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Play It Again, Sam
!
!

Mike Moehnke
STAFF EDITORIALIST



What does it take to make me play a game again? That's actually a complicated question, because I've been making more of an effort to pick through the backlog in recent years. Once upon a time, all I needed was to have a good time with the game in the first place to play it again. Shining the Holy Ark and Albert Odyssey: Legend of Eldean are fun games but don't have much to prompt a replay (I realize that using Saturn RPGs as my examples instantly excludes most of my readers, sorry about that). Nevertheless, I replayed both of these more than once because I had a blast the first and second time through. Having a good time is no longer enough justification to replay a game for me, though. There have to be other reasons.

Optional content is all over the place in RPGs from recent years, and it can conceivably prompt a replay. Super Robot Taisen: Original Generation games have sucked hundreds of hours from me with their branching paths, optional units that are fun to unlock, and the free hand in character and unit development that lets me play them differently each time. Not being able to see everything the first time through is an excellent goad to playing a game again; I haven't done so yet, but Front Mission 1st will most definitely be getting a replay so I can see the second storyline. The first English Fire Emblem offered Hector's storyline and the Hard mode for Eliwood and Hector to go through, which I took advantage of. Shining Force III has a couple of characters who cannot be recruited together - one character can join, the other will fight the player and die. Summon Night: Twin Age opened up a lot of extra areas to explore after the main story was complete, and while I had to move on to something else at the time instead of playing much past the ending, these additional portions certainly seemed worth looking into.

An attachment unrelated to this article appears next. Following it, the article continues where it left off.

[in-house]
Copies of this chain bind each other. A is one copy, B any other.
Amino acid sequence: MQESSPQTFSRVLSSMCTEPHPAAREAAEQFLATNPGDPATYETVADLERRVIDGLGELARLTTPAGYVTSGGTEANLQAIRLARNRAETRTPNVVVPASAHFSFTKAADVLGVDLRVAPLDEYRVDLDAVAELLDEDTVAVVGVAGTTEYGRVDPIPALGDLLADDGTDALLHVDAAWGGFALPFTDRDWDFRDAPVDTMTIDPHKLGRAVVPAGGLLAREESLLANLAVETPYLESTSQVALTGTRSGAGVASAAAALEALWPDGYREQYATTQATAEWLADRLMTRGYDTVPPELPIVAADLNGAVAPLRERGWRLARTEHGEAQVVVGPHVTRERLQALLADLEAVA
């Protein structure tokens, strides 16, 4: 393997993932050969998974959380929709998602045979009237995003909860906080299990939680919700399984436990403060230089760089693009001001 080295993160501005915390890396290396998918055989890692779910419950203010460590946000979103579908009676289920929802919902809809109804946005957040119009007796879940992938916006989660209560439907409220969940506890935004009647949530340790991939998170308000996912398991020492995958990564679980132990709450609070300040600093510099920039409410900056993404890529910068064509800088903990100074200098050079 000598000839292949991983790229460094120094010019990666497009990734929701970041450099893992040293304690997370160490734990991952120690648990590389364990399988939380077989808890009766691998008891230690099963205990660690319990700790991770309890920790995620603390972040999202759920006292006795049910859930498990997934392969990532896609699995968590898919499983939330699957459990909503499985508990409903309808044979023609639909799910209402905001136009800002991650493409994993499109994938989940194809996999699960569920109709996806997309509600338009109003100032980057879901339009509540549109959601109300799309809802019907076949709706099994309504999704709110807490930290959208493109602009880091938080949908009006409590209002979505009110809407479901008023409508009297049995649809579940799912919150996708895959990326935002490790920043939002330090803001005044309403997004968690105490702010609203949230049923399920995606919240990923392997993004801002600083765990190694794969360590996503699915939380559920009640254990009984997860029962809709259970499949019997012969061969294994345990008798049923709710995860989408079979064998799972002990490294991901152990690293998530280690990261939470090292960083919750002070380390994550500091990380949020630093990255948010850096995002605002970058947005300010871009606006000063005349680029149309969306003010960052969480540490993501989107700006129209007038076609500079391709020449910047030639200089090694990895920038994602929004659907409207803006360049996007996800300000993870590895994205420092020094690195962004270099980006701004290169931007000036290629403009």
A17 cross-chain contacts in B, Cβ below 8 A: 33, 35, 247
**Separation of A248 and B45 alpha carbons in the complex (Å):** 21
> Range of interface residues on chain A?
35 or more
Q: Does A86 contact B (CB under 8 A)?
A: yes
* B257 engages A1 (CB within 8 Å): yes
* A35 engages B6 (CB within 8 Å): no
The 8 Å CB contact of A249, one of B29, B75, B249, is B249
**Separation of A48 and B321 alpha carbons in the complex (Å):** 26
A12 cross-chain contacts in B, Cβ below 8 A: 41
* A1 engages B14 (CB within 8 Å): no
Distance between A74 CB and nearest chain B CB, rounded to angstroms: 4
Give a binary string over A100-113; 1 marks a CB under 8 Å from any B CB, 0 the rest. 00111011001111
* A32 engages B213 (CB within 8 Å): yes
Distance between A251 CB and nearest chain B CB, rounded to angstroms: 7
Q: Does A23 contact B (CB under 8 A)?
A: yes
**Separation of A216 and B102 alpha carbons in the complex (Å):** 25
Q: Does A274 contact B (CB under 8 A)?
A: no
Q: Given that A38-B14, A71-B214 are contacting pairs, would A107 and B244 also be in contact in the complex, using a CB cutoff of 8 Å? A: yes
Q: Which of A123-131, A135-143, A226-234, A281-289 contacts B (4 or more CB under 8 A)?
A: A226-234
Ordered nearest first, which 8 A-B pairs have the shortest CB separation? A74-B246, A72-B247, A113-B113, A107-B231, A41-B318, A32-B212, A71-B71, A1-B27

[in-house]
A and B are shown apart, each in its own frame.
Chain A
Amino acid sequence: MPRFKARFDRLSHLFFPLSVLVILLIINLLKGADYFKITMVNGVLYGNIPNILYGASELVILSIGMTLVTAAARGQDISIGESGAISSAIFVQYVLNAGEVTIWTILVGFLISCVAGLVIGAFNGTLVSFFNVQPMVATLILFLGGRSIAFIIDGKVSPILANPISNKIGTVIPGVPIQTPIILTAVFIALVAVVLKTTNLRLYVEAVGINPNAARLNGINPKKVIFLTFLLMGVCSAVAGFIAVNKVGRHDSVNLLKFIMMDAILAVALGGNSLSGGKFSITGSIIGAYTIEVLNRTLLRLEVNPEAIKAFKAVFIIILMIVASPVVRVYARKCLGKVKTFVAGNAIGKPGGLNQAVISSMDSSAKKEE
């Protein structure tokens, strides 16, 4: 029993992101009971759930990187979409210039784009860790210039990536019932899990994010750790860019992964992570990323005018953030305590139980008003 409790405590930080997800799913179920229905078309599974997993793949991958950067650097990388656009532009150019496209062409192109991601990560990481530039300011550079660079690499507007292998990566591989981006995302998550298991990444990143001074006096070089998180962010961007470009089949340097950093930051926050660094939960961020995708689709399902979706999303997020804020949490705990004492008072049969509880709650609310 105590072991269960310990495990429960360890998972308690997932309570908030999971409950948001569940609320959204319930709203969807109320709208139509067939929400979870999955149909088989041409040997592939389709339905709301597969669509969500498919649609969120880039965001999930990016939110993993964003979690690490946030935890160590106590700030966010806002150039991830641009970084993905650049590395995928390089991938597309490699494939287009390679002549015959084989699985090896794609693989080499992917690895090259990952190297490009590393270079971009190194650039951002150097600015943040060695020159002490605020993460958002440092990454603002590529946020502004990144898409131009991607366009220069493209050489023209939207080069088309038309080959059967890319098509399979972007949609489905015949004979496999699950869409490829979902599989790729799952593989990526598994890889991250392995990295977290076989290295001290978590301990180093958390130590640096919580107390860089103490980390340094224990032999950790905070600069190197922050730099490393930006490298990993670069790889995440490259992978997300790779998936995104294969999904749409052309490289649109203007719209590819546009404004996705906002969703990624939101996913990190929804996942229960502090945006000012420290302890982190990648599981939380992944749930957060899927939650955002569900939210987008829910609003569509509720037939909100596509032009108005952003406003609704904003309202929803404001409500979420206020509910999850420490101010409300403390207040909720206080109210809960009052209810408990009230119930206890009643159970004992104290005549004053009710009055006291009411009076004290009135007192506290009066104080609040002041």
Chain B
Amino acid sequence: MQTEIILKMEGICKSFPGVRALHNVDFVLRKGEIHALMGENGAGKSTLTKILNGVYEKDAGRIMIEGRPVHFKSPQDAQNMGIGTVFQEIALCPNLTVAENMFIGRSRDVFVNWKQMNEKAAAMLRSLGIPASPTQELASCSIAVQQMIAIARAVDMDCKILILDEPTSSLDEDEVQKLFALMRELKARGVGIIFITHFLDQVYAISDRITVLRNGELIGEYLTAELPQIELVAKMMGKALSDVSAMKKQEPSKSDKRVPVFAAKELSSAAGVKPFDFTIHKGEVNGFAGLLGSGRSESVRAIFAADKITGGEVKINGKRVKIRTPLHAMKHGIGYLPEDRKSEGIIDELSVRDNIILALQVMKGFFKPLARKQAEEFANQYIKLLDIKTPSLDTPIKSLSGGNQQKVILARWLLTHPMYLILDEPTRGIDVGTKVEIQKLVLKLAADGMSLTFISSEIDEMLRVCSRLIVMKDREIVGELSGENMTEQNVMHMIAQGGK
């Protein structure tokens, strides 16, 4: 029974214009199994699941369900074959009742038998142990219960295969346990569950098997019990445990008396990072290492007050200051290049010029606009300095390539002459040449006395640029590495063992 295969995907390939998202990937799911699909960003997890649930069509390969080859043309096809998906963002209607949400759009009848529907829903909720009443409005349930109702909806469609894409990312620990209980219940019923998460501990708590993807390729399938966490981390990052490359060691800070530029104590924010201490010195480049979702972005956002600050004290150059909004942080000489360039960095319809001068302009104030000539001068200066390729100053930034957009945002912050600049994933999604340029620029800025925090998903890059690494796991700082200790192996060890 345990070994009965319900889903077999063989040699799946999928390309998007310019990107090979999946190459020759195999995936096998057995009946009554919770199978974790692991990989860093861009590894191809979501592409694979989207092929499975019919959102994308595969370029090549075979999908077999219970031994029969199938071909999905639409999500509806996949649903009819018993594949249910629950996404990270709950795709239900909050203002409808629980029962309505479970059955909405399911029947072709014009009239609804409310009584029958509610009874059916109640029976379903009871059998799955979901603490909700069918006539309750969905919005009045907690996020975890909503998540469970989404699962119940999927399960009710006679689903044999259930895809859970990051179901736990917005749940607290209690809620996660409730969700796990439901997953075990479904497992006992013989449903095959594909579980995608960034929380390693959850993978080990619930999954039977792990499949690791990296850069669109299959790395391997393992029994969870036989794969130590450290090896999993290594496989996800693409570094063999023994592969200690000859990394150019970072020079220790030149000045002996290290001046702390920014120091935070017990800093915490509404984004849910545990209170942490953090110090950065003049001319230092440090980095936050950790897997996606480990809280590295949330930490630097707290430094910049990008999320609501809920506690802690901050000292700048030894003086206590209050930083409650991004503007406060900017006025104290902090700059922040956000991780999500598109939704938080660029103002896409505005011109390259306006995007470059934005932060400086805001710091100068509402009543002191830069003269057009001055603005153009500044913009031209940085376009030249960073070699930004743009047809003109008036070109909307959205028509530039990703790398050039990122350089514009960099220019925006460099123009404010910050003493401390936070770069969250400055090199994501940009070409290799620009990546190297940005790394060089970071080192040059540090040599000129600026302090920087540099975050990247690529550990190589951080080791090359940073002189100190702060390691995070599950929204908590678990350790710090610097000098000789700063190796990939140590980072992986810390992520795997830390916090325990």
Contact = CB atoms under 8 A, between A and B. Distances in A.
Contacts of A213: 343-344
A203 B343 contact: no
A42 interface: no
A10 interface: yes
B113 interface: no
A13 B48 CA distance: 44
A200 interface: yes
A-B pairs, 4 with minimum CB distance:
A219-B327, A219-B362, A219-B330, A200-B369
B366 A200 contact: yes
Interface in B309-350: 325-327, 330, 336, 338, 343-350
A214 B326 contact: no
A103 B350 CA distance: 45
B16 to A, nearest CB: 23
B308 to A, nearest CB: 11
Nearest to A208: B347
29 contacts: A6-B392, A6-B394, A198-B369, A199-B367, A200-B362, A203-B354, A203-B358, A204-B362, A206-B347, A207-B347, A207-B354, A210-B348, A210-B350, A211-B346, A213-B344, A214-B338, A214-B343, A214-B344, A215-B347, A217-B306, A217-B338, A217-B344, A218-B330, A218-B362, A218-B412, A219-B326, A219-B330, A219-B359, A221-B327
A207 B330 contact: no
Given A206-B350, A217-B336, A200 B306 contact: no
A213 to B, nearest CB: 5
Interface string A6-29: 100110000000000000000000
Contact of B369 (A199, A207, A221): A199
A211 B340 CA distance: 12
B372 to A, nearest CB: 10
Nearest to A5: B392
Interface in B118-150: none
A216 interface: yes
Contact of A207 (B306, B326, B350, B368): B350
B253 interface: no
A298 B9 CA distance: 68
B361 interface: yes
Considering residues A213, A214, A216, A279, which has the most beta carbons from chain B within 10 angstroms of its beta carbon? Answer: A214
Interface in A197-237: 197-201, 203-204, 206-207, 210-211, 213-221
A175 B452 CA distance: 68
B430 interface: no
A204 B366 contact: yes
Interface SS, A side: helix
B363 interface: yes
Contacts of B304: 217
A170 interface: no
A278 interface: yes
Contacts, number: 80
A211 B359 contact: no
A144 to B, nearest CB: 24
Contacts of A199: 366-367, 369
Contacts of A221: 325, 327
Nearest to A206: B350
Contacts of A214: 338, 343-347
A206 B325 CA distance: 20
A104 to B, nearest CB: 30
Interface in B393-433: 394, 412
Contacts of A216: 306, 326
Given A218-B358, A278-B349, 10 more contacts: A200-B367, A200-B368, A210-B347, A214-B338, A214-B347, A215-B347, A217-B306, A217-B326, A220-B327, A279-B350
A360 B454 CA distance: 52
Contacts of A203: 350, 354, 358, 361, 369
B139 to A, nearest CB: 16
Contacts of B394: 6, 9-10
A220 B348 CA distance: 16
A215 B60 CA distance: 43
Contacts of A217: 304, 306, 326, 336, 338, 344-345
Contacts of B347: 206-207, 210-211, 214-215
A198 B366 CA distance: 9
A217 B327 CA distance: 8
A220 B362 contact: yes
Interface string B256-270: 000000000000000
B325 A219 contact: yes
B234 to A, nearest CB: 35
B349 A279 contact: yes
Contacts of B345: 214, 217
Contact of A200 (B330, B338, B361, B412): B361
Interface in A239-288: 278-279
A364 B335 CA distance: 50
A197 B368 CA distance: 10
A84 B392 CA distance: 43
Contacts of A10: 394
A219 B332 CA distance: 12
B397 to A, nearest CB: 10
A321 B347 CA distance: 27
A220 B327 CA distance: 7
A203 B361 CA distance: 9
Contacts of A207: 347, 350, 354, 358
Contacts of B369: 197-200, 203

There are, of course, other means of inducing replay. I don't play much online, and the few games I play that do have online functionality make no difference to me -- I don't use it. Unlockable outfits and costumes also have no effect upon me, though if I had a nicer TV that might change. Luminous Arc 2 has a lot of character interactions that require multiple plays to experience, but the game as a whole didn't work well enough for me to want to investigate this. Shadowrun on the Sega Genesis would be a very different experience if I played it as a Decker or a Shaman, but once was enough for me to feel satisfied.

The moral of the story seems to be that unless the game is good enough for me to want to keep playing after I finish, whatever the developers stick in as an incentive to do so isn't enough. That may not be a particularly deep or insightful statement, but mediocre games that queue for replay keep appearing, so obviously the lesson hasn't been fully learned.




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